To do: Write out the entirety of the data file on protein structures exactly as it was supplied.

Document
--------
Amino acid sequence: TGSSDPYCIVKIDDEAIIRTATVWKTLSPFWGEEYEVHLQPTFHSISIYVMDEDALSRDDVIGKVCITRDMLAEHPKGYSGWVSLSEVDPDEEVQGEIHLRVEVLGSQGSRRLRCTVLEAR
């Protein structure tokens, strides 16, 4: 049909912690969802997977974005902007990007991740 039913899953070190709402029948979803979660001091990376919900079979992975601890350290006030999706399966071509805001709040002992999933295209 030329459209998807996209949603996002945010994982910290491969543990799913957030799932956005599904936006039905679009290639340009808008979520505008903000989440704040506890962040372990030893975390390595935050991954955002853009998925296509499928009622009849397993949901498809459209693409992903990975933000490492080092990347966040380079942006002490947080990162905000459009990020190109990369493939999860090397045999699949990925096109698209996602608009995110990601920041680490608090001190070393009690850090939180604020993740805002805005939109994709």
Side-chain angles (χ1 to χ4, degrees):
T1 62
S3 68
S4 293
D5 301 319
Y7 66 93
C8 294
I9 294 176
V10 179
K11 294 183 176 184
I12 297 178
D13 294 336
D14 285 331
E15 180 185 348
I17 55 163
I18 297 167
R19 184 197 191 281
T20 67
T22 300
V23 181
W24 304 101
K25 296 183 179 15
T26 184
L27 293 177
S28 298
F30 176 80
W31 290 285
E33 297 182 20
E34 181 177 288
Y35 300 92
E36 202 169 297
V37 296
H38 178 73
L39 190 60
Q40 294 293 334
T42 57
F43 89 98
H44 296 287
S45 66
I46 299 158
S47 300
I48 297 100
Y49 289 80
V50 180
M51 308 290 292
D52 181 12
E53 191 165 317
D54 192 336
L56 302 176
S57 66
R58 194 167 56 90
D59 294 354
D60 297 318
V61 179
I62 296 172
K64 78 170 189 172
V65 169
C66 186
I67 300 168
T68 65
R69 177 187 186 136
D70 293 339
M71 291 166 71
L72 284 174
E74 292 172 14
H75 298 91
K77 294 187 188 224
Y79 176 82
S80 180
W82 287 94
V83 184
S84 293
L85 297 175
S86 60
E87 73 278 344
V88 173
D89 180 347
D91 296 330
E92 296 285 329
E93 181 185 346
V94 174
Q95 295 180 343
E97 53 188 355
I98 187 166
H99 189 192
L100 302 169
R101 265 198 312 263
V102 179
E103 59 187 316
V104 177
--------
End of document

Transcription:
Amino acid sequence: TGSSDPYCIVKIDDEAIIRTATVWKTLSPFWGEEYEVHLQPTFHSISIYVMDEDALSRDDVIGKVCITRDMLAEHPKGYSGWVSLSEVDPDEEVQGEIHLRVEVLGSQGSRRLRCTVLEAR
């Protein structure tokens, strides 16, 4: 049909912690969802997977974005902007990007991740 039913899953070190709402029948979803979660001091990376919900079979992975601890350290006030999706399966071509805001709040002992999933295209 030329459209998807996209949603996002945010994982910290491969543990799913957030799932956005599904936006039905679009290639340009808008979520505008903000989440704040506890962040372990030893975390390595935050991954955002853009998925296509499928009622009849397993949901498809459209693409992903990975933000490492080092990347966040380079942006002490947080990162905000459009990020190109990369493939999860090397045999699949990925096109698209996602608009995110990601920041680490608090001190070393009690850090939180604020993740805002805005939109994709």
Side-chain angles (χ1 to χ4, degrees):
T1 62
S3 68
S4 293
D5 301 319
Y7 66 93
C8 294
I9 294 176
V10 179
K11 294 183 176 184
I12 297 178
D13 294 336
D14 285 331
E15 180 185 348
I17 55 163
I18 297 167
R19 184 197 191 281
T20 67
T22 300
V23 181
W24 304 101
K25 296 183 179 15
T26 184
L27 293 177
S28 298
F30 176 80
W31 290 285
E33 297 182 20
E34 181 177 288
Y35 300 92
E36 202 169 297
V37 296
H38 178 73
L39 190 60
Q40 294 293 334
T42 57
F43 89 98
H44 296 287
S45 66
I46 299 158
S47 300
I48 297 100
Y49 289 80
V50 180
M51 308 290 292
D52 181 12
E53 191 165 317
D54 192 336
L56 302 176
S57 66
R58 194 167 56 90
D59 294 354
D60 297 318
V61 179
I62 296 172
K64 78 170 189 172
V65 169
C66 186
I67 300 168
T68 65
R69 177 187 186 136
D70 293 339
M71 291 166 71
L72 284 174
E74 292 172 14
H75 298 91
K77 294 187 188 224
Y79 176 82
S80 180
W82 287 94
V83 184
S84 293
L85 297 175
S86 60
E87 73 278 344
V88 173
D89 180 347
D91 296 330
E92 296 285 329
E93 181 185 346
V94 174
Q95 295 180 343
E97 53 188 355
I98 187 166
H99 189 192
L100 302 169
R101 265 198 312 263
V102 179
E103 59 187 316
V104 177